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REITER v. ZIMMER INC.

September 8, 1995

NITA REITER, Plaintiff, against ZIMMER INCORPORATED, Defendant.


The opinion of the court was delivered by: LAWRENCE M. MCKENNA

 McKENNA, D.J.

 Plaintiff Nita Reiter ("Reiter") commenced this action against Defendant Zimmer Incorporated ("Zimmer") alleging that the premature hardening of Zimmer bone cement during hip replacement surgery caused her debilitating personal injuries. Zimmer moved for summary judgment, arguing that Reiter's tort claims were preempted by the Federal Food, Drug, and Cosmetic Act ("FDCA"), 21 U.S.C. §§ 301 et seq., and the Medical Device Amendments of 1976 ("MDA"), 21 U.S.C. §§ 360c et seq.

 I. Failure of Zimmer Bone Cement

 Dr. Victor Frankel explained the difficulties he encountered replacing Nita Reiter's left hip with a prosthesis:

 
My technique is to use a cement gun [to fill the femoral canal so as to receive the prosthesis], mix the cement in a cup and then pour it into the gun in two minutes and then inject it. During the process of injecting the cement, it started to become very firm. The cement was then removed from the gun and finger packed into the canal. The prosthesis was immediately inserted. Prior to being fully seated the cement hardened with excessive speed. Within five minutes of the time the cement was first mixed it was completely hard and the prosthesis was fixed in the femur half in and half out. In the attempt to insert the femur in the presence of rapidly hardening cement, part of the femoral shaft fractured due to the increased hoop stresses. It was then necessary to remove the prosthesis and the cement.
 
The average setting time for the Zimmer bone cement is usually 13 to 17 minutes in our operating room. Setting time of five minutes is quite unexpected and does not allow the surgeon to properly implant the prosthesis.

 (Letter from Dr. Frankel to Pl.'s Att'y, dated April 15, 1991.)

 Zimmer bone cement consists of two components: a powder and a liquid. When the two are mixed in the operating room, a chemical reaction begins, and the mixture starts to set or "cure." After a few minutes the mixture becomes a soft putty and can be used to fix the prosthesis. In about 10 minutes, the mixture hardens and the prosthesis cannot be moved. (Stanton *fn1" Report at 2.) The cement hardens due to the presence of benzoyl peroxide ("BPO") in the powder. (Id. at 4.) "The BPO concentration is critical to the reaction rate of the mixed Zimmer Bone Cement and, so, to the length of time available to the surgeon to use the mixed cement." (Id. at 17.)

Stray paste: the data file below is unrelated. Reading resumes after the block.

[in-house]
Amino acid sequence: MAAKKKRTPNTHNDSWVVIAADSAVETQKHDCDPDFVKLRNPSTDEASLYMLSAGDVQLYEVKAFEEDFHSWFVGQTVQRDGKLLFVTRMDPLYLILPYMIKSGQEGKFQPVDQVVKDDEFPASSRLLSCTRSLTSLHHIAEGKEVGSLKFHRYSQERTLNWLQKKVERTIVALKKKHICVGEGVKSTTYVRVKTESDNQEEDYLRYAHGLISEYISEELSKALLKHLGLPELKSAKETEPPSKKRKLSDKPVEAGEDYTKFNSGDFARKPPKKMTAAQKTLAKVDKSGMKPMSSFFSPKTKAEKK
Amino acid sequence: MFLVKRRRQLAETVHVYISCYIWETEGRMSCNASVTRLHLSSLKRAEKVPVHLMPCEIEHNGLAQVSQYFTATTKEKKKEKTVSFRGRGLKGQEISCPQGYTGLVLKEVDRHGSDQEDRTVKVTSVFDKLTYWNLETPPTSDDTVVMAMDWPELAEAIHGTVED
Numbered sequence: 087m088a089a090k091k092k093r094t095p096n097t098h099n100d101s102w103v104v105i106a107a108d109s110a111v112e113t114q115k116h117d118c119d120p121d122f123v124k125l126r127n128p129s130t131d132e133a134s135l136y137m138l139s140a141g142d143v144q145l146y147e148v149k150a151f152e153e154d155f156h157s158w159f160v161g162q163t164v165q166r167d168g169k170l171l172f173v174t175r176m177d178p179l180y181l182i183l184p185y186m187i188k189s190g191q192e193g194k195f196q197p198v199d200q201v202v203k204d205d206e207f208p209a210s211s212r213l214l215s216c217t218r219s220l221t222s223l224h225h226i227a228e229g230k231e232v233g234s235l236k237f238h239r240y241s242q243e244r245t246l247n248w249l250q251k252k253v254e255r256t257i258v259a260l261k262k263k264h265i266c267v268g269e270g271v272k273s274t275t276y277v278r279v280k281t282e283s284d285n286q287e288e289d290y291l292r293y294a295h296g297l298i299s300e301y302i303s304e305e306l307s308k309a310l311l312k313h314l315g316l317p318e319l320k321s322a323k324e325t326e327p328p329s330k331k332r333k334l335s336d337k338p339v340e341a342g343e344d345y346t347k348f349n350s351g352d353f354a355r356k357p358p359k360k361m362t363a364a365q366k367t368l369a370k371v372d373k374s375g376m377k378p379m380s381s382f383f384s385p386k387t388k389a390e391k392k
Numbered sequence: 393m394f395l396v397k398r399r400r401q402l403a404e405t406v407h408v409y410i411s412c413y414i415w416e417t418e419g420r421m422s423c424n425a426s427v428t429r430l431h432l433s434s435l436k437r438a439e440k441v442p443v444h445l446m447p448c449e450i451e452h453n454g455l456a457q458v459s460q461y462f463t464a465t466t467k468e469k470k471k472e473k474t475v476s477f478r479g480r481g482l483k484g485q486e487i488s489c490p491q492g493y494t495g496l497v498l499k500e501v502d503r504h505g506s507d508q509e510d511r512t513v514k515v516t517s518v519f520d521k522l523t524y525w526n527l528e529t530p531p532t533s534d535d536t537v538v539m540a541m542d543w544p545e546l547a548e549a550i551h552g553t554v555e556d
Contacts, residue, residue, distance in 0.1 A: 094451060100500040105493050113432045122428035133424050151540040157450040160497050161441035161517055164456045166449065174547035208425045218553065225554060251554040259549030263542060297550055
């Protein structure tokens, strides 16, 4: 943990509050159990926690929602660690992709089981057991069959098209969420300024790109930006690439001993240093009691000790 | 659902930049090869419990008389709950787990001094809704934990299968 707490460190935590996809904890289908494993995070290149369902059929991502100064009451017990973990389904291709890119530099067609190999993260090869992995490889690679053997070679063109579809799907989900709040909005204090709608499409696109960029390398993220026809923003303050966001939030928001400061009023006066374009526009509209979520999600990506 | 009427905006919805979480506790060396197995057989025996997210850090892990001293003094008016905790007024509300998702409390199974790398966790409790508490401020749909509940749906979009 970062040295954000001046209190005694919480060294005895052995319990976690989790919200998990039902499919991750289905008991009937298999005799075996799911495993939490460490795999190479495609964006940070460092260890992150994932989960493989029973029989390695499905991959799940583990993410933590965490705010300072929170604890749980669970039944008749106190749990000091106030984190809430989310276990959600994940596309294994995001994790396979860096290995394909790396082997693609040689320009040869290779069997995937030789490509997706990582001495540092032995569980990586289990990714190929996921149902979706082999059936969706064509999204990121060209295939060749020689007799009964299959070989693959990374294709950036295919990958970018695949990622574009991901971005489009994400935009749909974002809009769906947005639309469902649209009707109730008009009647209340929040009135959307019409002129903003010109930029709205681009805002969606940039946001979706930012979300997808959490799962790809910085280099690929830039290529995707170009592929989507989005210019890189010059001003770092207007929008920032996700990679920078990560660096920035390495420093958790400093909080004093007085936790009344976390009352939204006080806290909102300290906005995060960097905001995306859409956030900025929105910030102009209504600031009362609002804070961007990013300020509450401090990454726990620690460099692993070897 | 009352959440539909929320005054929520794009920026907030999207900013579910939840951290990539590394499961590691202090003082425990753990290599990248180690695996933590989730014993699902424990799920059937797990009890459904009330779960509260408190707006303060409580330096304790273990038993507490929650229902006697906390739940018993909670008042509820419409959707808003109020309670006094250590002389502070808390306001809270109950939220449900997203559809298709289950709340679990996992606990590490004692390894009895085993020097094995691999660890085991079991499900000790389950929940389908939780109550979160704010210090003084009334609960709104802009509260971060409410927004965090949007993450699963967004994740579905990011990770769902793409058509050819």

Reiter contends that the batch of cement used in her operation may have hardened prematurely because it was improperly formulated and blended. It is uncontested that batch #66688200 twice failed a cure test during the blending stages of the formulation:

 
The BPO apparently was not added in accordance with the batch instructions because a note on the Set-up Sheet for this stage reads, "Because of failure on the 1st 45,000g (grams) cure test... only 3,435g (grams) was added...," page 3 of 4. From the dates involved, this failure appears to be reported on CPL 88-989, "Failed," December 7, 1988, and on CPL 88-992, "Reblend, Failed," December 7, 1988. Two days later, "Reblend #2, Passes," was recorded on CPL 88-998, December 9, 1988.

 (Stanton Report at 5.) Stanton suggests that this "attempt to coax' the defective batch into conformity" by adding more BPO may have been a substantial factor in the cement's premature hardening. (Stanton Aff. P 24.)

 II. Regulation of Class III Medical Devices

 
The premarket approval process is designed to provide a "reasonable assurance of . . . safety and effectiveness" for medical devices which are too dangerous or unknown to permit less regulation. 21 U.S.C. § 360c(a)(1)(C). Post-approval regulation is designed to keep the FDA apprised of ongoing safety findings or any other information about the device as it becomes available. Id. §§ 360e(e) & 360i(a).
 
Pursuant to the premarketing approval process, the FDA requires applicants to submit proposed labeling, extensive safety testing data and descriptions of manufacturing methods and materials. Id. § 360e(c)(1). Upon reviewing the materials in a comprehensive manner, the FDA may approve the device for sale or return the application to the applicant for further information or testing. Id. § 360e(d)(1). . . Once the device is approved, the FDA retains the power to withdraw approval of the product permanently or suspend its approval temporarily if it determines that the device has become unsafe or its labeling inadequate. Id. § 360e(e)(1)-(3). To assist the FDA in making these determinations, manufacturers must maintain records and make reports to the FDA on information pertinent to the device. Id. § 360i(a).

 King v. Collagen Corp., 983 F.2d 1130, 1131-32 (1st Cir.), cert. denied, 126 L. Ed. 2d 52, 114 S. Ct. 84 (1993).

 
From 1976 through the date of Nita Reiter's surgery, Zimmer could make no change in the design, manufacture or label affecting the safety or effectiveness of Zimmer bone cement without the prior review and approval of the FDA. (See the FDA's listing of examples of changes requiring FDA pre-approval at 21 CFR § 814.39.) In addition to the requirement that the FDA pre-approve such changes, Zimmer continued with the same record-keeping and reporting duties as had existed when bone cement was marketed under the NDA. See 21 CFR §§ 814.82 and 814.84.

 (Def.'s Reply Mem. at 4.)

 III. Alleged Failure to Comply ...


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